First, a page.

Thursday, February 18, 2010

Gluten Free Daily Bread

I make gluten free bread from scratch. It’s a rice flour bread and the process is a departure from the usual one used in bread making.

Let’s start with the recipe.

Dry ingredients
3 cups brown rice flour
1/2 cup buckwheat flour
1 tablespoon cornstarch
2 tablespoons milled flax seed
3 teaspoons xanthan gum
3 tablespoons sugar
1/2 cup dry milk
2 1/2 teaspoons active dry yeast

Wet ingredients
3 large eggs, lightly beaten
1 tablespoon apple cider vinegar
3 tablespoons canola oil
1 tablespoon molasses
1 1/2 cups water

Butter a 5x9 loaf pan and sprinkle with rice flour to coat.

Mix all your dry ingredients in a small mixing bowl, including the yeast. You don’t proof the yeast with this gluten free bread as you would with wheat-flour bread.

Put the eggs into the bowl of a stand mixer and beat lightly with the whisk attachment. Add the vinegar, the canola oil and molasses and beat again to mix. Add half the water to this and mix again.

Change to the dough hook. Add your dry ingredients to the bowl all at once.

Mix the dry ingredients at low speed. Add the remaining water one to two tablespoons at a time.

The trick here is to add the water slowly, keeping the dough moist. The dough will not look anything like wheat-flour dough. You want to add the water slowly and get the bread dough to the consistency of thick cake batter. You may not use all the water. You may need a little more.

Adding the water is the equivalent of adding the flour in traditional, wheat flour bread making.

Once you get the dough right, spoon it into the pan. Spread the dough out evenly and set in a warm place. Cover with a clean towel and allow the bread to rise. Once it reaches the top of the pan, it’s ready for the oven.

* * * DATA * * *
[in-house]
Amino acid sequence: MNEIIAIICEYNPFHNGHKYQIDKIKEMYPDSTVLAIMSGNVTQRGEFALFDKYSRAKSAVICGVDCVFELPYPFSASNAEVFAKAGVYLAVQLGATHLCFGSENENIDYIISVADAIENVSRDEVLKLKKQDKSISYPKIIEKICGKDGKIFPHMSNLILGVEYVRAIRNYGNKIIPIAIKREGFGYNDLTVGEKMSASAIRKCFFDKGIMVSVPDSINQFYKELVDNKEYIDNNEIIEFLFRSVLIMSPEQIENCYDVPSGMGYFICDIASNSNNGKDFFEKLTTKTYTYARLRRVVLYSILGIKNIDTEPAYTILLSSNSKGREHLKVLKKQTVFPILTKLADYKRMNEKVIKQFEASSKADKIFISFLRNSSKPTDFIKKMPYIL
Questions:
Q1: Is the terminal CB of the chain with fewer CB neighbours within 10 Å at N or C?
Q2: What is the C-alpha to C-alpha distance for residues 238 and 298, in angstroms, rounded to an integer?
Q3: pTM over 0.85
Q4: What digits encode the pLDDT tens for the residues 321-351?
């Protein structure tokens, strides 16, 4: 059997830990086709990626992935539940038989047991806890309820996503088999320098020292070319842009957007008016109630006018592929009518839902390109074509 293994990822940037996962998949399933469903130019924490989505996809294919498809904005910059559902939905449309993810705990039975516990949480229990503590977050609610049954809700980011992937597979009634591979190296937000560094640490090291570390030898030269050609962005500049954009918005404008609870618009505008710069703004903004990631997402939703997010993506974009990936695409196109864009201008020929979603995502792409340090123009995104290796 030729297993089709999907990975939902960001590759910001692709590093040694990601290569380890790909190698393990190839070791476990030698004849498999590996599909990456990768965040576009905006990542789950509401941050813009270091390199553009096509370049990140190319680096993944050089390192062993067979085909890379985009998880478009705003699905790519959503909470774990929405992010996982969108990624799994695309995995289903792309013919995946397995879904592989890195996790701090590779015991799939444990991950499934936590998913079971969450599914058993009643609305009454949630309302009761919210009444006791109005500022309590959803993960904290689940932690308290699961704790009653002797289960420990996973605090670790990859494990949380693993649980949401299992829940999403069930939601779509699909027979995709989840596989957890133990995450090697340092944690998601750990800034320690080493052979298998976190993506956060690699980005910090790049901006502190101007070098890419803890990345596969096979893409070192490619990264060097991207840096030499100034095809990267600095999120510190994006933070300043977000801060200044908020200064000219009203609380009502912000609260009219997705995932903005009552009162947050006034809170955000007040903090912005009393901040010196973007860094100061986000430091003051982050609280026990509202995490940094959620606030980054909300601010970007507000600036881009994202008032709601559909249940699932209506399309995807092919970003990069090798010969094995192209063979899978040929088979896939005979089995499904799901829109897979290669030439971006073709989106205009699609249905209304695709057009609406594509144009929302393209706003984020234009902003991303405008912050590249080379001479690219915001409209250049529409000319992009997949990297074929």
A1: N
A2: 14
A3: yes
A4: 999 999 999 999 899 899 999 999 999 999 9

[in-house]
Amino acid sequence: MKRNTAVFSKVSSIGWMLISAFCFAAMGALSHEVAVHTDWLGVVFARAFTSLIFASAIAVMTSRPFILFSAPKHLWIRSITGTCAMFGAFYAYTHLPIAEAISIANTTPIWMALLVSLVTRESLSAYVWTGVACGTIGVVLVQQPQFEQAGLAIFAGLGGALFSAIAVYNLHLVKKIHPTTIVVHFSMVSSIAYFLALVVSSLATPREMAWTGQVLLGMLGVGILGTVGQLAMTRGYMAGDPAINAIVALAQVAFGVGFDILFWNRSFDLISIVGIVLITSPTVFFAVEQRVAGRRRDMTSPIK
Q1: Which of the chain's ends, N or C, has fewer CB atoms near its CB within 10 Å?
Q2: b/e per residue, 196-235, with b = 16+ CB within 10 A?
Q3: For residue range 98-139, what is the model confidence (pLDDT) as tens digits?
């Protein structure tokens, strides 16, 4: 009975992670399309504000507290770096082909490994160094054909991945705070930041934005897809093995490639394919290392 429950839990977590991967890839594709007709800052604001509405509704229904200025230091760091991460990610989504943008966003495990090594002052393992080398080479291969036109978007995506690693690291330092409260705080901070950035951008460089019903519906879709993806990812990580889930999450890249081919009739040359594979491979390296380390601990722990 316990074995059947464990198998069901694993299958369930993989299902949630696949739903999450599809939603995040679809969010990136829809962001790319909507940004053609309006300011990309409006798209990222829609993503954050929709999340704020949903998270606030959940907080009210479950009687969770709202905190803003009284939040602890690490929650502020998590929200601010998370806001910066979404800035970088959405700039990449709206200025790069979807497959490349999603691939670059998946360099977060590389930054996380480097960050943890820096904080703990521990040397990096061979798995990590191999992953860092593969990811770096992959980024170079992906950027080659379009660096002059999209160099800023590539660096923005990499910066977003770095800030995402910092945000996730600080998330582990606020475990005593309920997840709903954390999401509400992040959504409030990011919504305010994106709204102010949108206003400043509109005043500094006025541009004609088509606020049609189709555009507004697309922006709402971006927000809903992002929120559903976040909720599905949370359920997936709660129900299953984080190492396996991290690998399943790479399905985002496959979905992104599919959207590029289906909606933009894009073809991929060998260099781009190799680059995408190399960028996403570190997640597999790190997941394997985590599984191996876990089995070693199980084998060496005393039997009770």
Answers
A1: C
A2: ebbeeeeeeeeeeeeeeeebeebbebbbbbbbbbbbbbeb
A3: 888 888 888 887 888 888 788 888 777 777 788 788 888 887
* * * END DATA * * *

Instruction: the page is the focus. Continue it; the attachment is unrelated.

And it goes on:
Bake the bread at 375 degrees for about 50 minutes, depending on your oven.

Allow the bread to cool completely, at least two hours. Now you have to store it.

Gluten free bread should be frozen. If you leave it on the counter in a plastic bag, it will dry out, crumble and go bad within a couple of days.

I slice the bread, place the slices in plastic sandwich bags (I put in two slices to each bag) and then put all the bags in a larger gallon-size freezer bag. I take out a bag or two at a time, depending on need.

Just set the bag with the slices in it on the counter and allow the bread to defrost. This takes less than an hour. You can also put it in the toaster on low, if you like.

Unlike wheat-flour bread, gluten free bread doesn’t get soggy when frozen.

This bread won’t taste like white bread. It’s denser, hardier, and has an almost nutty taste. It tastes great with homemade jelly, which we’ll talk about in an upcoming post.

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